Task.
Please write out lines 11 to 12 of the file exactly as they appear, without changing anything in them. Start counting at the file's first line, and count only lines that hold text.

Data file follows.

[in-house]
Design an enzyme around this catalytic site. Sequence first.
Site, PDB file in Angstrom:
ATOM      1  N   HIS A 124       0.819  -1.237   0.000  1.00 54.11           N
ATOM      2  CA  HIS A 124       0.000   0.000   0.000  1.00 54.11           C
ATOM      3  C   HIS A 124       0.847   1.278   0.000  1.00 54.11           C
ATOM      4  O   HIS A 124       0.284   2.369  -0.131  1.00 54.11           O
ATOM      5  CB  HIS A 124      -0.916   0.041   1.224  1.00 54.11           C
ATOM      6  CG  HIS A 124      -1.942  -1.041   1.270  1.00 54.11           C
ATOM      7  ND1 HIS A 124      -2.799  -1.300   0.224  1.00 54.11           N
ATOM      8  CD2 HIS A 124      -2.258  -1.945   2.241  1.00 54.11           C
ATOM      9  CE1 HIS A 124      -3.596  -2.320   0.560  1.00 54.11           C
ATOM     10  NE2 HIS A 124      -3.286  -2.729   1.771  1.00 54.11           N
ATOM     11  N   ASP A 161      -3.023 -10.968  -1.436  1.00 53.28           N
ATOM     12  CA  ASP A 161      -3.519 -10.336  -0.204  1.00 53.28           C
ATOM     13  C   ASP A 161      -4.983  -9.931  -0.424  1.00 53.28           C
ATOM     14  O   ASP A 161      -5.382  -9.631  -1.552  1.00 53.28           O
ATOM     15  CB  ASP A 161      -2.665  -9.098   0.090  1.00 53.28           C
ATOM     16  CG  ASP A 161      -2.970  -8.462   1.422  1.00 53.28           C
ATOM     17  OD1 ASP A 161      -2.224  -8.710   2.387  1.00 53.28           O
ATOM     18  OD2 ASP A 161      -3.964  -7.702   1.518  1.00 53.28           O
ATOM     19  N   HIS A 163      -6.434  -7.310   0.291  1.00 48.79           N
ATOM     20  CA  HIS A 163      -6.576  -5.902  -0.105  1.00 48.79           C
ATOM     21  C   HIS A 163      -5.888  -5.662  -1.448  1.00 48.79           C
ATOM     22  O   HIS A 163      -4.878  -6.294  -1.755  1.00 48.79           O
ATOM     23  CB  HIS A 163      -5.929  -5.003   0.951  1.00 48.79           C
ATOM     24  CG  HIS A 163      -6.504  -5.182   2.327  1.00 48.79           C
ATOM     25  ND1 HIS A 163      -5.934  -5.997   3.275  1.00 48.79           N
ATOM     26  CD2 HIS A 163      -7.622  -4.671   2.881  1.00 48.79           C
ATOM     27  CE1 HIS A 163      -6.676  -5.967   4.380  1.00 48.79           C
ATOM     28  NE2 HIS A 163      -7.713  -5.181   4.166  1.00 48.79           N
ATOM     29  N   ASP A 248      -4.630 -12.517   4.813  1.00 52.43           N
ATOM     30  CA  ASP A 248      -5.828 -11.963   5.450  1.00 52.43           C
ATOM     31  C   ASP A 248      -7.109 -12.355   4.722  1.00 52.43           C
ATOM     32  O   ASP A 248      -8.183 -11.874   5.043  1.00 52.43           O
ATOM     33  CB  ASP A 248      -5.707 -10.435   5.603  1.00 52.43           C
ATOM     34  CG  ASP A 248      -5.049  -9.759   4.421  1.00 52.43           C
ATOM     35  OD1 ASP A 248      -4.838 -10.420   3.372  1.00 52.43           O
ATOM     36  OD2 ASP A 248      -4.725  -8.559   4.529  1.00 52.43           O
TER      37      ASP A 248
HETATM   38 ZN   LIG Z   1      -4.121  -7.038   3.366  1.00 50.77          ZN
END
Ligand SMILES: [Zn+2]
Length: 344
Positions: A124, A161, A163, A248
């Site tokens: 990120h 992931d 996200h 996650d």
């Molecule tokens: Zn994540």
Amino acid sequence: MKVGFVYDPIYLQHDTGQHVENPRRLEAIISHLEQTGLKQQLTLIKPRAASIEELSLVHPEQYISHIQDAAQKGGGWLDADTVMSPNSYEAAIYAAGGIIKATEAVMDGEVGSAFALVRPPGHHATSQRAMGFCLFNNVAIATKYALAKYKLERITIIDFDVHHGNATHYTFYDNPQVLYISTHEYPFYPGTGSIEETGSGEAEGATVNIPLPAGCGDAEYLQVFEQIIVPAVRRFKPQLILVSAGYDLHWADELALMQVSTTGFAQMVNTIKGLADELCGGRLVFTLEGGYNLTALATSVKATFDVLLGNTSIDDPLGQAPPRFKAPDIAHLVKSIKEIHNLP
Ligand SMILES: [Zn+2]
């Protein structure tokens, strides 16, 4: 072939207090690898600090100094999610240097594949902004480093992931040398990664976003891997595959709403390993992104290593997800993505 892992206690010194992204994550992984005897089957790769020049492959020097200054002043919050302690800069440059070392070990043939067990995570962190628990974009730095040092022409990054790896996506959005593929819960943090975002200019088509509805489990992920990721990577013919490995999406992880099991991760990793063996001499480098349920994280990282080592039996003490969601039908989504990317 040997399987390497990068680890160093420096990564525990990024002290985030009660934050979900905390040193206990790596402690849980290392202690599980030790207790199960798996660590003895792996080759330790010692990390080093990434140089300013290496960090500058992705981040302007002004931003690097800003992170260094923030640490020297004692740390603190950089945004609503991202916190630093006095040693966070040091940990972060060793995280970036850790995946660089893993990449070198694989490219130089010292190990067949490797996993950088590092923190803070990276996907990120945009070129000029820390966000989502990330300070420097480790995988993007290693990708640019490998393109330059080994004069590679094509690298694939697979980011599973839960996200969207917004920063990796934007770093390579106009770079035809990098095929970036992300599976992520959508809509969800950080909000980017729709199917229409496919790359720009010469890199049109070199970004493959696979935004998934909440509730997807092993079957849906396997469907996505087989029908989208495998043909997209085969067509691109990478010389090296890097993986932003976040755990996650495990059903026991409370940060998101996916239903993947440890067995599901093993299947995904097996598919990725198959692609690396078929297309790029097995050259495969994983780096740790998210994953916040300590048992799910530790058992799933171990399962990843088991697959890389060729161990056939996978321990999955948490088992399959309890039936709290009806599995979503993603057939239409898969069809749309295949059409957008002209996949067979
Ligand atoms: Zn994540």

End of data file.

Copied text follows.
ATOM      8  CD2 HIS A 124      -2.258  -1.945   2.241  1.00 54.11           C
ATOM      9  CE1 HIS A 124      -3.596  -2.320   0.560  1.00 54.11           C